Table of Contents Author Guidelines Submit a Manuscript
Case Reports in Medicine
Volume 2013 (2013), Article ID 412931, 3 pages
http://dx.doi.org/10.1155/2013/412931
Case Report

Delayed Anticoagulation-Related Intracranial Haemorrhage after Minor Head Injury

1Department of Neurosurgery, Heidelberg University Hospital, Im Neuenheimer Feld 400, 69120 Heidelberg, Germany
2Department of Anaesthesiology, Heidelberg University Hospital, Im Neuenheimer Feld 110, 69120 Heidelberg, Germany
3Department of Cardiology, Heidelberg University Hospital, Im Neuenheimer Feld 410, 69120 Heidelberg, Germany

Received 9 September 2013; Accepted 30 October 2013

Academic Editor: Mark E. Shaffrey

Copyright © 2013 Christopher Beynon et al. This is an open access article distributed under the Creative Commons Attribution License, which permits unrestricted use, distribution, and reproduction in any medium, provided the original work is properly cited.

Abstract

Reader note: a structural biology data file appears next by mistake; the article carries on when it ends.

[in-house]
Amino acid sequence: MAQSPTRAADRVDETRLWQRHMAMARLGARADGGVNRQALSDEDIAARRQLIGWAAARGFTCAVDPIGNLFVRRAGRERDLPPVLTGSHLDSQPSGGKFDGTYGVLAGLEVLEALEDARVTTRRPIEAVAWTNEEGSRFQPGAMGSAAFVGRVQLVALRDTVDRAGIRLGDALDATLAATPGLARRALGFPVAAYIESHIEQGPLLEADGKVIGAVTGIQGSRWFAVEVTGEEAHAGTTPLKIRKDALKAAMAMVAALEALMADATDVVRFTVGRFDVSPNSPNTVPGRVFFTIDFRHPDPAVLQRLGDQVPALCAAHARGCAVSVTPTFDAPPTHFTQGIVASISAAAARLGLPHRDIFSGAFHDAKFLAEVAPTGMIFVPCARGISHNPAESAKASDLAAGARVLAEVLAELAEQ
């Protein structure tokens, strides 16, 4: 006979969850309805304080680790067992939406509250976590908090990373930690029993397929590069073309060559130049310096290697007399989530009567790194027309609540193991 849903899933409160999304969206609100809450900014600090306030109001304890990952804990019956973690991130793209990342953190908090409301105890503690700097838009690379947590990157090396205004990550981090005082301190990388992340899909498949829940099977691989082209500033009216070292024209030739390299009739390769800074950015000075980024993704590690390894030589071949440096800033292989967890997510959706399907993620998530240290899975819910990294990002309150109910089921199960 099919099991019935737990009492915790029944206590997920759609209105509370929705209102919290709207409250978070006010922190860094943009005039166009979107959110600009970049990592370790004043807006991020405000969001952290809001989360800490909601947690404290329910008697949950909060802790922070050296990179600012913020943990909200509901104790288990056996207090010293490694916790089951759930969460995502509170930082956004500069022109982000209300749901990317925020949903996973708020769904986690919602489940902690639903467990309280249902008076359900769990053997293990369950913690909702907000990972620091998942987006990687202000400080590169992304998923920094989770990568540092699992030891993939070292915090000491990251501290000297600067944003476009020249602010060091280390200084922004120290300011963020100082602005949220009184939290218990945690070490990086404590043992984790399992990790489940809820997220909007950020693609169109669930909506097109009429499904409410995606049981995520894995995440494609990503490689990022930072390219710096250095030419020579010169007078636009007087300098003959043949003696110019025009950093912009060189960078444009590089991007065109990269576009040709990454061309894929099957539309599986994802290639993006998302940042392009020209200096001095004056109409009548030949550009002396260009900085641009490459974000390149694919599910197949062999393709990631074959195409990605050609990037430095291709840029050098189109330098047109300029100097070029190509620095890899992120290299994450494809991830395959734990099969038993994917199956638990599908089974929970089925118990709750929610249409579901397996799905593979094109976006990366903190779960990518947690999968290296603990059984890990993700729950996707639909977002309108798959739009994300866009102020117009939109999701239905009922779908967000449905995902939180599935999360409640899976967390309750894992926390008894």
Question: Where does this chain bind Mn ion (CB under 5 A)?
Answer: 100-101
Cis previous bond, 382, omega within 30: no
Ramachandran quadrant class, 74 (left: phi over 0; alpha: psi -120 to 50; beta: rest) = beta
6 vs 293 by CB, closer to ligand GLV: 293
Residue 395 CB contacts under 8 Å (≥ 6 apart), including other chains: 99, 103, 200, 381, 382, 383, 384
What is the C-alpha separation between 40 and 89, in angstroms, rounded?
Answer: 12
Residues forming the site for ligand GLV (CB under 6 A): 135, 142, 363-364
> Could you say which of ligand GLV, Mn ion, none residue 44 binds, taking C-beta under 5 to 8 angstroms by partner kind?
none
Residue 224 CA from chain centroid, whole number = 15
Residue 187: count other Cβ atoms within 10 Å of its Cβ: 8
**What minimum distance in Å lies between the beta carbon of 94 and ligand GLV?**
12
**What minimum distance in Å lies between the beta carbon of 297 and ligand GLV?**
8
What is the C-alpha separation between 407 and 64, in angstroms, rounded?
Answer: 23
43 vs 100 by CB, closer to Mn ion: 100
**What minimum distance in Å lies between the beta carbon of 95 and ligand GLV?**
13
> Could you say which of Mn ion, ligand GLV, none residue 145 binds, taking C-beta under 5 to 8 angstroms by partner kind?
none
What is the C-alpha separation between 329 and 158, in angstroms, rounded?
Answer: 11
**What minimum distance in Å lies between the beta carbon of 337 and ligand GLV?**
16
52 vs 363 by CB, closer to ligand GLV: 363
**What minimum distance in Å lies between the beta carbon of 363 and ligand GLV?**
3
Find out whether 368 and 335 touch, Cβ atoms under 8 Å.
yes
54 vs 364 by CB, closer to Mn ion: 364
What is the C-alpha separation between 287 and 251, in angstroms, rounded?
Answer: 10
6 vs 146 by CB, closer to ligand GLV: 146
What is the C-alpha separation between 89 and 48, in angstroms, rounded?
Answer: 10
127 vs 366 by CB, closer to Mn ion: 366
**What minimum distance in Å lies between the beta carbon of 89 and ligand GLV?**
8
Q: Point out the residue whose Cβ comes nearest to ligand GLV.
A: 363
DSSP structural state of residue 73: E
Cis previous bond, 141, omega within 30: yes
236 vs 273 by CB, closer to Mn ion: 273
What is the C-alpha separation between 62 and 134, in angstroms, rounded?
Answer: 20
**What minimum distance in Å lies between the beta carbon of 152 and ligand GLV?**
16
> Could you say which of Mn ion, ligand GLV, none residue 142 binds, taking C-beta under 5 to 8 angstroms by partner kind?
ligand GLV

Treatment with anticoagulants and antiplatelet agents are well-known risk factors for an unfavourable outcome after traumatic brain injury (TBI). Guidelines for decision making in patients who sustained mild head injury do not apply to anticoagulated patients and therefore, in these cases diagnostic and therapeutic procedures have to be tailored patient-specific. A 69-year-old patient was referred to our hospital after sustaining mild head injury. Due to anticoagulation therapy, a cranial computed tomography was carried out and was without pathologic findings. After negative workup for TBI, the patient was admitted to the ward solely because of intermittent cardiac arrhythmia. The next day, the patient developed a hemiparesis and repeated brain imaging showed a large posttraumatic intracranial haematoma which had to be evacuated surgically. In the further clinical course, the patient recovered completely and a cardiac pacemaker was implanted. Emergency physicians have to be highly alert with anticoagulated patients after head injury, even if the trauma was mild and initial diagnostic procedures demonstrate no acute pathology. Delayed traumatic intracranial haemorrhage may have fatal consequences for patients and while the threshold for admission to a hospital ward should be low, adequate observation at home has to be ensured if patients are discharged.